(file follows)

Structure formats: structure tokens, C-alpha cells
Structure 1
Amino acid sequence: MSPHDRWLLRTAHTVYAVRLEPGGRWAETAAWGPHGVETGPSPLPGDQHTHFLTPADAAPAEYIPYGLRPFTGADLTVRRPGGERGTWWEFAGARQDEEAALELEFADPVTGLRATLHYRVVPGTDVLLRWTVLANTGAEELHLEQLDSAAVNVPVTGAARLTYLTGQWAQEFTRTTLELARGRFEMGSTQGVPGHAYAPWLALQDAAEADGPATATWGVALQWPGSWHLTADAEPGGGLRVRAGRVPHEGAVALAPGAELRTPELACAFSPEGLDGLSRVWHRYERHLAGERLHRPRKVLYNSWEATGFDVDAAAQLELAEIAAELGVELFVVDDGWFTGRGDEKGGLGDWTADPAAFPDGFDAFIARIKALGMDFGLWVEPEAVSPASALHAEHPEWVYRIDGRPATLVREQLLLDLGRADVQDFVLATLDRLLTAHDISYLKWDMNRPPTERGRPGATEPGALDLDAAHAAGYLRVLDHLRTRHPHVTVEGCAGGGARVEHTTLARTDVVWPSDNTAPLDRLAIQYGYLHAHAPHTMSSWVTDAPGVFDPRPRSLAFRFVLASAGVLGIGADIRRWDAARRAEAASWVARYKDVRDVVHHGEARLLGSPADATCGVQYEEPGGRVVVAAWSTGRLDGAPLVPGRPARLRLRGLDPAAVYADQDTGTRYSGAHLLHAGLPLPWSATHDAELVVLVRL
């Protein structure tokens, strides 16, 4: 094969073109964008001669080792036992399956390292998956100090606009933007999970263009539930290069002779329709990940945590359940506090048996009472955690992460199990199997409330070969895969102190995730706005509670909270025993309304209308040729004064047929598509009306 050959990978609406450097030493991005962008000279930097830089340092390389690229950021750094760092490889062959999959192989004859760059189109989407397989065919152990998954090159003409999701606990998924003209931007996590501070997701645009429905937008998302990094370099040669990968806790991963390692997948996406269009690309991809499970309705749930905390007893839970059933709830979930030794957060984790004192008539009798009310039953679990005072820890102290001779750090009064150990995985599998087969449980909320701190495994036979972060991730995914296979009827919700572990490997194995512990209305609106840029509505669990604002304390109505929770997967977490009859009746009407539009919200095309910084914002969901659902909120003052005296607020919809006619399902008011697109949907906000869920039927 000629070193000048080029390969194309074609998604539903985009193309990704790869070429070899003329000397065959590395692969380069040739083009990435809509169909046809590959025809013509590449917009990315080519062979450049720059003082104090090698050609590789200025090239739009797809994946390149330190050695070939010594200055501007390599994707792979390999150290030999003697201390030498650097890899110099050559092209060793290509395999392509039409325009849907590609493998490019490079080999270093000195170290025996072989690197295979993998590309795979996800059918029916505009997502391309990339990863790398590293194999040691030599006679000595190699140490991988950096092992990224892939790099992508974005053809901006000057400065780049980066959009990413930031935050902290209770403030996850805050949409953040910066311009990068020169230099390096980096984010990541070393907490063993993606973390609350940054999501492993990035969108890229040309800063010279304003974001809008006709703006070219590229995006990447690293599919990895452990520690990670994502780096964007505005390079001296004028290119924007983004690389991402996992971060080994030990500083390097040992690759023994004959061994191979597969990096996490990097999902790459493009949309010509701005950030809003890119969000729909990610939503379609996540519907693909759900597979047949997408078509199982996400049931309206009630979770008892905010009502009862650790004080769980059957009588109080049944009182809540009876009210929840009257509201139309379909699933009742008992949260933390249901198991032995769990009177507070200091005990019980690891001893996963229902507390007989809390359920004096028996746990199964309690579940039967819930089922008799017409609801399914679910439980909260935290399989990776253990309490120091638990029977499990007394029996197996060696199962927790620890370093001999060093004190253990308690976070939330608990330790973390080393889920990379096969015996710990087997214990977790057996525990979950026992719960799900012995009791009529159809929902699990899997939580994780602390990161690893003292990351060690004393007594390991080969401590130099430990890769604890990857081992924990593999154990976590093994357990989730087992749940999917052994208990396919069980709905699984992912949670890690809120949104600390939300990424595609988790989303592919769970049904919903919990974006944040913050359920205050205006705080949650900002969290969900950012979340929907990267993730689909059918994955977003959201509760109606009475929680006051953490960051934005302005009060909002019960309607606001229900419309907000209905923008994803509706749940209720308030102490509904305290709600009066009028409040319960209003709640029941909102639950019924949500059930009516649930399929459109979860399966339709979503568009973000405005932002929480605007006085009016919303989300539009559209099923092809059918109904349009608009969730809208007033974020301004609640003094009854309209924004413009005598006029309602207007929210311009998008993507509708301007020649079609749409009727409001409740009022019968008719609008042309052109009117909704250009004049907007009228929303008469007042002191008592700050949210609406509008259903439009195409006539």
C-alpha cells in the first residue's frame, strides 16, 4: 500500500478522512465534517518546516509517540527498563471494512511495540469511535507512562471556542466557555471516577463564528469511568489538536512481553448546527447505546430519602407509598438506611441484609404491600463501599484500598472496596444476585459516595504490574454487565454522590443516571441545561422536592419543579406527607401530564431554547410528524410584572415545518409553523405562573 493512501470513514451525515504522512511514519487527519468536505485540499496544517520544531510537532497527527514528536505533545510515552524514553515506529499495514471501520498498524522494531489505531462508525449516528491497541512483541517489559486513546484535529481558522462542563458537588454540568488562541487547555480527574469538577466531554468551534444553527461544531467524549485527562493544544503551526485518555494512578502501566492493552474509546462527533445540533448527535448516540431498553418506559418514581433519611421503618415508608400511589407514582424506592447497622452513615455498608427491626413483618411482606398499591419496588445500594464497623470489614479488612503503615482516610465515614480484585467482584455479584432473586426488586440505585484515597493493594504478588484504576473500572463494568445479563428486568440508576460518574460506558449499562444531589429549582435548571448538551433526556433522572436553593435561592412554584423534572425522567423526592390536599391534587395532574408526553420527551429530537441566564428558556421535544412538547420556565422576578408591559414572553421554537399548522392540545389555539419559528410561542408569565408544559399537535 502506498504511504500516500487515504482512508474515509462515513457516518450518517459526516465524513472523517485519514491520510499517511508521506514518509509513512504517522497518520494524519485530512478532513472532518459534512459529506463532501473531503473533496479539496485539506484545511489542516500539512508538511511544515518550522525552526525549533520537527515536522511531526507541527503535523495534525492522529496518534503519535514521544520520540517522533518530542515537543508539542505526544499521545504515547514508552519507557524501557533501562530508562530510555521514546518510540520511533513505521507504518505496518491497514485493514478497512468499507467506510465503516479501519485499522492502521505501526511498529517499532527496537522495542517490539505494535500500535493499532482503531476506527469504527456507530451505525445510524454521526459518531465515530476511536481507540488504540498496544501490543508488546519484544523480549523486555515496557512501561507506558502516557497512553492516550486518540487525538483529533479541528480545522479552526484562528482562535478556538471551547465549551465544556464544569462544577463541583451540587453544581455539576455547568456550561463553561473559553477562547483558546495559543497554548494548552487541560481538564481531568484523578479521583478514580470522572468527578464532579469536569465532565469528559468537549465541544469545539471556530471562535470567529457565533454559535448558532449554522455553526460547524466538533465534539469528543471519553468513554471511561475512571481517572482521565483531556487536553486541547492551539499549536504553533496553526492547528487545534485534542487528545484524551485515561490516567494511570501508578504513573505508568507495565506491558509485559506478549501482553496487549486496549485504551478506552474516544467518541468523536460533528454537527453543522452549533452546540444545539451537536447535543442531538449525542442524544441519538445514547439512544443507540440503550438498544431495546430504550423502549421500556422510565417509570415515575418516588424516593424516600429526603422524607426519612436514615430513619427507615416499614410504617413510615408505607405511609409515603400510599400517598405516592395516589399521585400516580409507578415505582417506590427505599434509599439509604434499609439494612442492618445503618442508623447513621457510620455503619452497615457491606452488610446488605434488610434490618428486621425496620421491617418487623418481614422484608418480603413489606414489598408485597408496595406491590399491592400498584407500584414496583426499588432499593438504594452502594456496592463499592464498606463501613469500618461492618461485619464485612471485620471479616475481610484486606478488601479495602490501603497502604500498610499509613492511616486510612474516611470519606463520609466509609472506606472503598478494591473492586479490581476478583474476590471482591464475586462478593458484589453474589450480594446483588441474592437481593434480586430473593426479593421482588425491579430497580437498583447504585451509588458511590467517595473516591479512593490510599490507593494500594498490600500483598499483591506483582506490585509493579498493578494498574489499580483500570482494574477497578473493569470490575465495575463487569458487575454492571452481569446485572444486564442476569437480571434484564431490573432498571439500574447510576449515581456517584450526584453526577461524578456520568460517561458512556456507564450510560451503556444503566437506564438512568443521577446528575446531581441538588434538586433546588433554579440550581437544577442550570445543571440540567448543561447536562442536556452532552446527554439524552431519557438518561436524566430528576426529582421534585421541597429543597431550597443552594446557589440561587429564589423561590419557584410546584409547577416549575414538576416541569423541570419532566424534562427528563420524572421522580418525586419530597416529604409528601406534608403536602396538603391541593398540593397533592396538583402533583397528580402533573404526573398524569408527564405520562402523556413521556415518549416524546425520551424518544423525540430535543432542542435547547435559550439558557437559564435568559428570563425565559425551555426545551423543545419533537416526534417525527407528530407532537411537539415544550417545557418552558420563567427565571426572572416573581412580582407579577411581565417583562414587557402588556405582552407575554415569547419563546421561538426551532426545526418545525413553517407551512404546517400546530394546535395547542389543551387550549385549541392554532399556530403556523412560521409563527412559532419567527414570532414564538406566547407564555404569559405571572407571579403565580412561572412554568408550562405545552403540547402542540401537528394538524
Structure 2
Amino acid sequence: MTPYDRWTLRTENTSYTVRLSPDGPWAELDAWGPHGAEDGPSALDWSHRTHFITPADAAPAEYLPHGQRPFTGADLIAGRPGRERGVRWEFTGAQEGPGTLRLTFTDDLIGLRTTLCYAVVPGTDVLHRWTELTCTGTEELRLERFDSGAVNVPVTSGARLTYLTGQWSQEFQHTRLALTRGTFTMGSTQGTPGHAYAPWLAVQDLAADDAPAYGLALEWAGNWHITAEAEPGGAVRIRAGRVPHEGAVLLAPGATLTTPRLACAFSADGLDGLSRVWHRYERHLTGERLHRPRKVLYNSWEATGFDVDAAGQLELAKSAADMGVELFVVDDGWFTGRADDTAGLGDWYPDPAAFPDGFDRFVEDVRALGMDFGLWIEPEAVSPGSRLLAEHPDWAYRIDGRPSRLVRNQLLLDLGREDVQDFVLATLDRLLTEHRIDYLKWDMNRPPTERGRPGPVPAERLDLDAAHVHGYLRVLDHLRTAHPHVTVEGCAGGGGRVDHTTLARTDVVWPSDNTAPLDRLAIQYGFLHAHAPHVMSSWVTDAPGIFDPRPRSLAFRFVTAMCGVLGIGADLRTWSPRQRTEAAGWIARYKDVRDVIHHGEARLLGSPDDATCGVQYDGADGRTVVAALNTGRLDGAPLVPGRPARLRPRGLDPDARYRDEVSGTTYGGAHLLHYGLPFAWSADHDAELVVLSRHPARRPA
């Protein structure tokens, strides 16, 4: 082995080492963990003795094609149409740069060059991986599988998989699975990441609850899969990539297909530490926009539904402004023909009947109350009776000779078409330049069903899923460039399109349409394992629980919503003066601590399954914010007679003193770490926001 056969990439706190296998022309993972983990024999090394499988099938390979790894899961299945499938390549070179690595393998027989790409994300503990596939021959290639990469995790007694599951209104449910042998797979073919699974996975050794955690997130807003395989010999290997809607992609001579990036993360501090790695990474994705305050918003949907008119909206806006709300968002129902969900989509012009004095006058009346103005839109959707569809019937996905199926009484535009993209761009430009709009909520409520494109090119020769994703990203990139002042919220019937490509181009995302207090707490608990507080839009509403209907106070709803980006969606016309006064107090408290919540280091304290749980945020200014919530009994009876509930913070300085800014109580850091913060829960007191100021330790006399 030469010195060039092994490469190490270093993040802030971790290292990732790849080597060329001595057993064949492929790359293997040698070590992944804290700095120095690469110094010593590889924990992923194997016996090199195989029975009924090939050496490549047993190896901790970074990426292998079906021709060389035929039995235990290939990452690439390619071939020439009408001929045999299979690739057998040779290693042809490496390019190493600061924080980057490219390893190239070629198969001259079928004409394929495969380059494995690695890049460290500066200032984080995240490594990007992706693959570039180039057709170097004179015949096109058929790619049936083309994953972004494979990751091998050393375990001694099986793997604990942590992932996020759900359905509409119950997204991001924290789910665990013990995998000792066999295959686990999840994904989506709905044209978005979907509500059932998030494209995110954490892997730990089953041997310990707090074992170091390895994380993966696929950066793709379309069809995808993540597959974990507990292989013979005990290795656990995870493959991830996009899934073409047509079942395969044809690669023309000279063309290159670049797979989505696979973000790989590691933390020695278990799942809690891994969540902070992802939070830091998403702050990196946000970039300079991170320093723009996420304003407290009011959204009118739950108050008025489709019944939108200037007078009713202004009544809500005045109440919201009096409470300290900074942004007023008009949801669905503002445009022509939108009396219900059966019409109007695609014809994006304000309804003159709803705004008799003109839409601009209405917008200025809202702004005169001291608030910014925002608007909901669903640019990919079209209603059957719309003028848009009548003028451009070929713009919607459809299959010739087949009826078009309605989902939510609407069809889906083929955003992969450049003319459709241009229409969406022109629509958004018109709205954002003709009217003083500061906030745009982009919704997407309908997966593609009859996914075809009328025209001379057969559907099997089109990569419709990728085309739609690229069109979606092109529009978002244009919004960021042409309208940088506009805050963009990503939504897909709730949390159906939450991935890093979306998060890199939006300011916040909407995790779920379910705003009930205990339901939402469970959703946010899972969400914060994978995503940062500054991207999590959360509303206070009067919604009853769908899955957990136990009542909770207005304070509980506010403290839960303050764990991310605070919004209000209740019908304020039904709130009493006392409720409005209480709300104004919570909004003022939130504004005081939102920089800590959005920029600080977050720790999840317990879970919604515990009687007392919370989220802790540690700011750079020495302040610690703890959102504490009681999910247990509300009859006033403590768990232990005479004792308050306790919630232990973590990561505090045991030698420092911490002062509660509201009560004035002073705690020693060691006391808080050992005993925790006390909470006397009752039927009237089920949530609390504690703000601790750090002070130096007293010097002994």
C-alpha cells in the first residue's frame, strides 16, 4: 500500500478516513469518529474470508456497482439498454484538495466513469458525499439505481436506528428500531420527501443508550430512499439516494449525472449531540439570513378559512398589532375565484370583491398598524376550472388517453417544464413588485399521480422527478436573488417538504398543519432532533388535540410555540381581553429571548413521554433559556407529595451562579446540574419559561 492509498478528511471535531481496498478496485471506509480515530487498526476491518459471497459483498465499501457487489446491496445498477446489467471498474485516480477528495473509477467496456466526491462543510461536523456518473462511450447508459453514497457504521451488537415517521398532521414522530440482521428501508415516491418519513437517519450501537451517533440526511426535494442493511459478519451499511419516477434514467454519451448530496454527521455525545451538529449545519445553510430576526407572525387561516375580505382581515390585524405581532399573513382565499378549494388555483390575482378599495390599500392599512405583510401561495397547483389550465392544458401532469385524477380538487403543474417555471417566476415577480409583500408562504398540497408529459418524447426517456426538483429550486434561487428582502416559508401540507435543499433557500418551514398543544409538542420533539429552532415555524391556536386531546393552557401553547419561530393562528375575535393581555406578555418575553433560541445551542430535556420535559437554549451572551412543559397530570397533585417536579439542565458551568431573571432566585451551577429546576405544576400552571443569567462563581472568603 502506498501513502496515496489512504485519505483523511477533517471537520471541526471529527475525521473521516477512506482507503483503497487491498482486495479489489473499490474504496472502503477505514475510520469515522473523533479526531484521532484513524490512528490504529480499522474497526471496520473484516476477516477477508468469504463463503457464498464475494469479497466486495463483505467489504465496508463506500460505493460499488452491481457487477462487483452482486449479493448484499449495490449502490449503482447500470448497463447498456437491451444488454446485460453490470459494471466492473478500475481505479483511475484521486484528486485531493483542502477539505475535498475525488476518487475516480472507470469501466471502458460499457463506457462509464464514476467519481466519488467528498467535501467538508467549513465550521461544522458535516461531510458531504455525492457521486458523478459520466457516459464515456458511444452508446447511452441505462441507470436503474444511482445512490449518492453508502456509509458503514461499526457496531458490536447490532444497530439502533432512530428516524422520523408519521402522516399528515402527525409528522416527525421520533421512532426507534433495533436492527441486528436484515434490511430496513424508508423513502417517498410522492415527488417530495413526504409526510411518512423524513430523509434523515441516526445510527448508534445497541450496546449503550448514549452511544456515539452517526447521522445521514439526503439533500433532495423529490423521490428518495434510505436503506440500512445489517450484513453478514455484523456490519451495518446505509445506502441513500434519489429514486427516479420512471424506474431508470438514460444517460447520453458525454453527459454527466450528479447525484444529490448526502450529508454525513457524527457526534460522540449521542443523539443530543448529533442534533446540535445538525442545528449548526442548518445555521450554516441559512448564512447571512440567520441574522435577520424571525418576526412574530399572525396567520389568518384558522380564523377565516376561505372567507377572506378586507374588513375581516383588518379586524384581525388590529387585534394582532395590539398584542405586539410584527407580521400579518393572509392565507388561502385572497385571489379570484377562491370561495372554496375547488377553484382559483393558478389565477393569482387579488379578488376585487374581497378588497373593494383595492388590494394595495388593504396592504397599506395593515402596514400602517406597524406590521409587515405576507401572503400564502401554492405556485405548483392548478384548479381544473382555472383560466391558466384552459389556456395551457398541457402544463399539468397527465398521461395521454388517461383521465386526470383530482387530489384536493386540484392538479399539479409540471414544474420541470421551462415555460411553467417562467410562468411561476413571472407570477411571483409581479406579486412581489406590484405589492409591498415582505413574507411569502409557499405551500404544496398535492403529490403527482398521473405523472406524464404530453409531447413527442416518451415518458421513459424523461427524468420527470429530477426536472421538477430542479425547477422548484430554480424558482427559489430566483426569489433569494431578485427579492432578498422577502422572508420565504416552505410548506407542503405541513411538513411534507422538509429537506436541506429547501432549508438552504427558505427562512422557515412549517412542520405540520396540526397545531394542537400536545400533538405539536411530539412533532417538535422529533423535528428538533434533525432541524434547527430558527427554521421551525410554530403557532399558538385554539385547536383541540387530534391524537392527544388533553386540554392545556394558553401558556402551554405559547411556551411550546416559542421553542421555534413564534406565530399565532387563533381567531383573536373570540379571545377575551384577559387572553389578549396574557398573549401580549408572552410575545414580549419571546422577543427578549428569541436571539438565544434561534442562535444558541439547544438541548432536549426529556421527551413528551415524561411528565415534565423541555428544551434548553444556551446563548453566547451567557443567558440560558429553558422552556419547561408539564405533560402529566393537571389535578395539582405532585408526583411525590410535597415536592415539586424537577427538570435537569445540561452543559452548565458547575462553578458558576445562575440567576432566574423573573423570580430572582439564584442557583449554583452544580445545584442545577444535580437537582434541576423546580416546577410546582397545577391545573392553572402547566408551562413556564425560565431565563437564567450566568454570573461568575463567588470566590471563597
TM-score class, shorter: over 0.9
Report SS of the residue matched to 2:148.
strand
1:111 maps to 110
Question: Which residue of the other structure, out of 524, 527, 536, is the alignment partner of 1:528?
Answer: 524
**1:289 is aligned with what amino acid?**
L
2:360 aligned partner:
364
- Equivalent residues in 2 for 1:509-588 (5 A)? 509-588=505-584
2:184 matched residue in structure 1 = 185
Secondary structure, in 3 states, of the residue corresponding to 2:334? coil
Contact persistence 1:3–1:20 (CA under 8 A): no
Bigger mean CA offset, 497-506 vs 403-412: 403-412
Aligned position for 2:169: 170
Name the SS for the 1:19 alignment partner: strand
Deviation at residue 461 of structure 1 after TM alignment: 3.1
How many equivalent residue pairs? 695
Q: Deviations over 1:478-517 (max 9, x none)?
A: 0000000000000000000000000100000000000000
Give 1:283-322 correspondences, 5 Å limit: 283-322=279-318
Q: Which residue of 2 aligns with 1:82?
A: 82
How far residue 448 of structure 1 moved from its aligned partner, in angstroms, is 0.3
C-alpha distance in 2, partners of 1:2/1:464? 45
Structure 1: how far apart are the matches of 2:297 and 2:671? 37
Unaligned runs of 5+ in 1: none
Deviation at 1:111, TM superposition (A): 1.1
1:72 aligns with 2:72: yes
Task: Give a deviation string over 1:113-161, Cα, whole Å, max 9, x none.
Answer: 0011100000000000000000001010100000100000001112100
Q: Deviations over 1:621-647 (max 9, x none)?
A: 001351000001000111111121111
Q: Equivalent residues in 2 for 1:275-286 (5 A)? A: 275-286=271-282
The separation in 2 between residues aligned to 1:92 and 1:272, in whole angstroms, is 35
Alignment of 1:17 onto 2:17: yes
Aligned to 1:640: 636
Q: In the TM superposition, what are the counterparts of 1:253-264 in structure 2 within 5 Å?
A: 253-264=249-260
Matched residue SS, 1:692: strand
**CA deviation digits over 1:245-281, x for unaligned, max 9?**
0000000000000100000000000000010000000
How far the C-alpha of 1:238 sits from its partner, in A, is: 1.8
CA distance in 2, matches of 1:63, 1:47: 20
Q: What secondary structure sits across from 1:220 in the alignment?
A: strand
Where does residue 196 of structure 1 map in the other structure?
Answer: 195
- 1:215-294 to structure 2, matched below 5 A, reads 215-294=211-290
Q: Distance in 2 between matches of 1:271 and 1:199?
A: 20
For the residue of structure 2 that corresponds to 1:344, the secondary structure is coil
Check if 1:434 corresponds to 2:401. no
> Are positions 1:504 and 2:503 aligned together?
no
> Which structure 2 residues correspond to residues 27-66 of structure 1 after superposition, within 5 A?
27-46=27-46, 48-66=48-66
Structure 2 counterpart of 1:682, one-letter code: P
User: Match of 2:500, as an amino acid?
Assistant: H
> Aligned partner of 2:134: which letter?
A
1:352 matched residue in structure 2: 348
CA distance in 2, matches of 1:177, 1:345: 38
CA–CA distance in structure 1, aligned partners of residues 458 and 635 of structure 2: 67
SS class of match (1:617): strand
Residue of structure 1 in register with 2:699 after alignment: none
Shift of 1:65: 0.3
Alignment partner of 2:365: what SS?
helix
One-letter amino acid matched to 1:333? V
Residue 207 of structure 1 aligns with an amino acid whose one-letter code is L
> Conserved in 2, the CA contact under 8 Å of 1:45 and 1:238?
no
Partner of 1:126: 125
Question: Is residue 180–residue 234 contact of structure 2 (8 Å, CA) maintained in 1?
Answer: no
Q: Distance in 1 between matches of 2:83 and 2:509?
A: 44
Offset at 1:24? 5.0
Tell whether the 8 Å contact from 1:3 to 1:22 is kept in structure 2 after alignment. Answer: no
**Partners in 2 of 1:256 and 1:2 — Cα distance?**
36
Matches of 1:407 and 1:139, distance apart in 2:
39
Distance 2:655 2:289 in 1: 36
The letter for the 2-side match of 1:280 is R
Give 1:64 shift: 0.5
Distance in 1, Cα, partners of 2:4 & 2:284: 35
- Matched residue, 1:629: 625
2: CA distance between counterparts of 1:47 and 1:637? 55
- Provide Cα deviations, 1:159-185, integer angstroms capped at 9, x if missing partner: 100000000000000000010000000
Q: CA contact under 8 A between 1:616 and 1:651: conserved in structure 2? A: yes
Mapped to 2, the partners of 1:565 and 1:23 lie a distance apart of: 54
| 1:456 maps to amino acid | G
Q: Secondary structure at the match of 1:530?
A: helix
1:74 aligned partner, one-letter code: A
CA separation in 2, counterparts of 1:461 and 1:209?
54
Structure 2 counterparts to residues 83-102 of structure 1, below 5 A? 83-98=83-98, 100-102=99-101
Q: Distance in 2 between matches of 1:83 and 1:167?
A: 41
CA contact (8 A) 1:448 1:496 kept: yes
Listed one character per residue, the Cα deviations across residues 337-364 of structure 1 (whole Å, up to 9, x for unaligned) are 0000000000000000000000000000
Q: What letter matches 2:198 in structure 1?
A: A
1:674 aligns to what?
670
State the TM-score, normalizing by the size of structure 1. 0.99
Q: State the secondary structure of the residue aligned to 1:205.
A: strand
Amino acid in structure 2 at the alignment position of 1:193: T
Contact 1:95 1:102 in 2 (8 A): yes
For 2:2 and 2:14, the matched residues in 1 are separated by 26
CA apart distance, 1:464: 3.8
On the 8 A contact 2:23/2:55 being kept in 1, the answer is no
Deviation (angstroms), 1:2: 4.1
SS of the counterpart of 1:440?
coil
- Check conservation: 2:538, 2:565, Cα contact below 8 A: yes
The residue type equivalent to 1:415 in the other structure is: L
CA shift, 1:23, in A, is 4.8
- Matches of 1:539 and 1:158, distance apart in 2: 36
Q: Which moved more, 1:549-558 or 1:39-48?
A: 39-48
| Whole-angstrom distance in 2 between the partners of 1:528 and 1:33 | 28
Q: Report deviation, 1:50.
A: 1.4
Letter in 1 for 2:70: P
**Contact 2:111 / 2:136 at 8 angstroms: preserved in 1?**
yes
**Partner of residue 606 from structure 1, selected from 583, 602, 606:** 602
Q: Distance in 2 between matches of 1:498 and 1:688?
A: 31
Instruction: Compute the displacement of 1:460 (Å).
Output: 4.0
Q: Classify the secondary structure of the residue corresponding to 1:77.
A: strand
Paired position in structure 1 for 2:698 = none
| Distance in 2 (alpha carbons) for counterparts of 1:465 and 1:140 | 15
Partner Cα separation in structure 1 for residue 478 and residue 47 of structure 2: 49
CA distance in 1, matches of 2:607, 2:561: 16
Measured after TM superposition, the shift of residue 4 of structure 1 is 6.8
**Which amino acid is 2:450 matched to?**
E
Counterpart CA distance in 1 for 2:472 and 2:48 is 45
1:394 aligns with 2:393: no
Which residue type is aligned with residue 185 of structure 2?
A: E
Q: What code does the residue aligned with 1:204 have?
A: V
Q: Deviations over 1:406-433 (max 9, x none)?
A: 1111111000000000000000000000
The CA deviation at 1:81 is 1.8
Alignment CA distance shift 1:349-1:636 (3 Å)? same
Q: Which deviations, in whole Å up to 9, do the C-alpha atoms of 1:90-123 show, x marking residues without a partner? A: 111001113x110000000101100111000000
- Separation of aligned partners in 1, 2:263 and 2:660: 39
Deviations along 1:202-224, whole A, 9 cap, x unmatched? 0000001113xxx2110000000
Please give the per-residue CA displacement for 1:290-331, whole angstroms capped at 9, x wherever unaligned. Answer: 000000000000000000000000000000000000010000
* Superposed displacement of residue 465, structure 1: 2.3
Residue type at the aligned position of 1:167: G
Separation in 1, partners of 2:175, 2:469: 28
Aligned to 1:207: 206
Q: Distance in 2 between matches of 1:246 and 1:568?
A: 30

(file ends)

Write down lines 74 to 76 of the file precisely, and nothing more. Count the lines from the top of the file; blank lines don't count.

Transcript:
CA distance in 2, matches of 1:177, 1:345: 38
CA–CA distance in structure 1, aligned partners of residues 458 and 635 of structure 2: 67
SS class of match (1:617): strand